Friday, March 31, 2017

We Are The Sword

By the default ACKS treasure tables, 21% of all magical items randomly generated are magical swords. 4% of those are cursed.

So, .84% of all magical items  - almost 1% - are cursed swords. Who makes those?

I'm going to posit that nobody does.

Cursed swords happen because the wielder has done something to inherently curse the weapon - a deed (or deeds) so foul it seeps into the weapon.

However, that's a bit too interesting for this blog. Brief musical interlude:




Every once in a while someone brings up the overwhelming prevalence of magic swords above magical martial items of other types.

Roll d00Magic Type% Chance
67-87Swords21%
(cursed swords)(0.8%)
88-92Misc. Weapon5%
93-100Armor8%

In fact, magical swords are 21% of all magical items randomly generated, tied with Potions and Scrolls, which are consumable items.

Almost 1% of magic weapons (21% * 4%) are cursed swords - that's how prevalent swords are.

In Miscellaneous Weapons:

Roll d00Weapon% ChanceFull % Chance
1-22Arrows22%1.10%
23-34Axe12%0.60%
35-41Bow7%0.35%
42-63Bolts22%1.10%
64-69Dagger6%0.30%
70-75Sling6%0.30%
76-87Spear12%0.60%
88-100War Hammer13%0.65%

Full % Chance being you rolled your 5% for a misc. weapon, then rolled whatever for the actual piece.  There's no cursed miscellaneous weapons, for whatever reason - you're just as likely to find a cursed sword as you are magical ammunition.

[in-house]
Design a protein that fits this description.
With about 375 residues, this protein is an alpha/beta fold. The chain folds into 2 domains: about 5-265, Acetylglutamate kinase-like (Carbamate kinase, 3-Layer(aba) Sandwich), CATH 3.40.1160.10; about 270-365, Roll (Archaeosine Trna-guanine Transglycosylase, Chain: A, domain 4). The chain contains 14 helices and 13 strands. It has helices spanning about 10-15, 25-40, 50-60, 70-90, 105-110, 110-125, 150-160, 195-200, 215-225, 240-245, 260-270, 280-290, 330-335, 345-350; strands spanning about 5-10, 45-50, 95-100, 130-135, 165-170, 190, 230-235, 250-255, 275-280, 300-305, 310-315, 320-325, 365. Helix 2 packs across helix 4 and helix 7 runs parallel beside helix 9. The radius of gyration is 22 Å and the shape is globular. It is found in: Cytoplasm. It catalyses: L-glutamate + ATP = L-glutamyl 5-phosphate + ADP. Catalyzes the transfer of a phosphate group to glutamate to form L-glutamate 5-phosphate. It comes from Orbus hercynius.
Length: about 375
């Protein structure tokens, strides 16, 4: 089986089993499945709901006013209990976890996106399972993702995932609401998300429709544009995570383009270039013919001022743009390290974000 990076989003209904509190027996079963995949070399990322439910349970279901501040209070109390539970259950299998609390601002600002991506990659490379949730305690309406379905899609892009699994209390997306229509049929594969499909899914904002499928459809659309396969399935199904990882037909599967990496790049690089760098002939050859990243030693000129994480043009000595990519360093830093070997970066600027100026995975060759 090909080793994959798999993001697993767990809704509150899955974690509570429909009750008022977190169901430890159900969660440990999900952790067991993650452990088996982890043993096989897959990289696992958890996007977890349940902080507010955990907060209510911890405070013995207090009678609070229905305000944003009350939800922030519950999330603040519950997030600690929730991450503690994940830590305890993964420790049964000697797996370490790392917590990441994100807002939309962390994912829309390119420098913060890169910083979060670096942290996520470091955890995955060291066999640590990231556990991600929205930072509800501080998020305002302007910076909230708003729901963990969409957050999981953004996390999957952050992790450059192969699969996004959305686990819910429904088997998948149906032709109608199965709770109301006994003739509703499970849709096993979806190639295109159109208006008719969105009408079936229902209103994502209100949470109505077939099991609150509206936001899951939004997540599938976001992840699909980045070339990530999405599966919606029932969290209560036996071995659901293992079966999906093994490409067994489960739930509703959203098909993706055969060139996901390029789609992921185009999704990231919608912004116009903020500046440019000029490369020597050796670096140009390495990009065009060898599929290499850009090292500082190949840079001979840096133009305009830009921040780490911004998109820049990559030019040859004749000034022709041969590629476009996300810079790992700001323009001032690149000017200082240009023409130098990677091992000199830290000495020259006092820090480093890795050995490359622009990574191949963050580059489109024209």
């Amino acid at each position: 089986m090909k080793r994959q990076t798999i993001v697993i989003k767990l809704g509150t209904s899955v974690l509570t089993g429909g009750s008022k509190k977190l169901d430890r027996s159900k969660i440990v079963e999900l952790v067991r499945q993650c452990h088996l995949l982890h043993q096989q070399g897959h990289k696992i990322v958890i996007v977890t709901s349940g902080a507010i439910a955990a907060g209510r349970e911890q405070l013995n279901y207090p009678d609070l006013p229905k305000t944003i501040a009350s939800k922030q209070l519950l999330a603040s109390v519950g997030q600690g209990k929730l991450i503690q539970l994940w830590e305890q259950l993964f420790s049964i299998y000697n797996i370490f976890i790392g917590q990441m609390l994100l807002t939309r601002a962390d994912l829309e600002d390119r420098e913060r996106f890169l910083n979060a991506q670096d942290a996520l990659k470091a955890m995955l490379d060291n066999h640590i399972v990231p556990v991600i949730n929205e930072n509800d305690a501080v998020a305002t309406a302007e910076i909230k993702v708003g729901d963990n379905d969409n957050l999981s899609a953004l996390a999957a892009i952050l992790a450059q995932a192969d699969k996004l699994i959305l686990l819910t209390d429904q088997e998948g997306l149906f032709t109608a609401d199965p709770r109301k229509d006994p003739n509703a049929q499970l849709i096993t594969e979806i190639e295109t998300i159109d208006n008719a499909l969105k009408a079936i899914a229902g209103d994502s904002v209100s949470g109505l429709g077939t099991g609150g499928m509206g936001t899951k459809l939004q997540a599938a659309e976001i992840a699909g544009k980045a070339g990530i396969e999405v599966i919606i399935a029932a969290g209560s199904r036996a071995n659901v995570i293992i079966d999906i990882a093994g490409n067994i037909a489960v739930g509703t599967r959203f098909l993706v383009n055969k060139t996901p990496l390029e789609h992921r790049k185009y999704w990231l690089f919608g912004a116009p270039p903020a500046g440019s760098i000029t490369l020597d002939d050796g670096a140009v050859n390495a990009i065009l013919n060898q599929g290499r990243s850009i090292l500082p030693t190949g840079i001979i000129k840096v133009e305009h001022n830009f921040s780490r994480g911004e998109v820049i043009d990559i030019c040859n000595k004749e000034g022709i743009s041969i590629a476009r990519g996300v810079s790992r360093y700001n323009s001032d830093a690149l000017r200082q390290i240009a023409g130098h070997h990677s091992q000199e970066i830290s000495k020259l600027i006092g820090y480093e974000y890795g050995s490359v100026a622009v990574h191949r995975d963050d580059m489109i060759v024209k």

In Armor, I've combined the Armor table and the Armor Type table to get started on something more useful for later in this post:

Armor SetSet ChanceFull % Chance
Hide1.00%0.08%
Hide + Shield1.15%0.09%
Leather5.00%0.40%
Leather + Shield5.75%0.46%
Ring, Chain7.00%0.56%
R,C + Shield8.05%0.64%
Banded, Plate7.00%0.56%
B,P + Shield8.05%0.64%
Shield36%2.88%
Hide (cursed)0.45%0.04%
Hide + Shield (c)0.10%0.01%
Leather (cursed)2.25%0.18%
Leather+Shield (c)0.50%0.04%
R,C (cursed)3.15%0.25%
R,C + S (cursed)0.70%0.06%
B,P (cursed)3.15%0.25%
B,P + S (c)0.70%0.06%
Shield (cursed)10%0.80%


So, warping this a bit, let's look at the chances our undefined magical martial item resolves to any given type, and then the percentage of classes that can use that item, by the expanded class demographics (NPC Parties table, pg 248):

Occurrence for all Martial Magic Items
Item Type% Chance% PCs can use it:
Swords61.76%78.69%
Arrows3.24%71.75%
Axes1.76%73.60%
Bows1.03%71.75%
Bolts3.24%71.75%
Daggers0.88%88.41%
Slings0.88%81.47%
Spears1.76%78.69%
War Hammers1.91%87.95%
Hide0.34%90.26%
w/shield0.29%65.27%
Leather1.71%90.26%
w/shield1.47%65.27%
Chain2.39%65.27%
w/shield2.06%65.27%
Plate2.39%60.64%
w/shield2.06%60.64%
Shield10.82%65.27%


On the armors, I went with the given class being able to use the whole set - so, the leather and the shield counts the fighter, but not the thief.

Since our treasure tables don't break out what type of sword it is, we don't either - the "magic sword" found 61% of the time presumes it can be used by any class that has "* sword" listed in it's proficient weapons.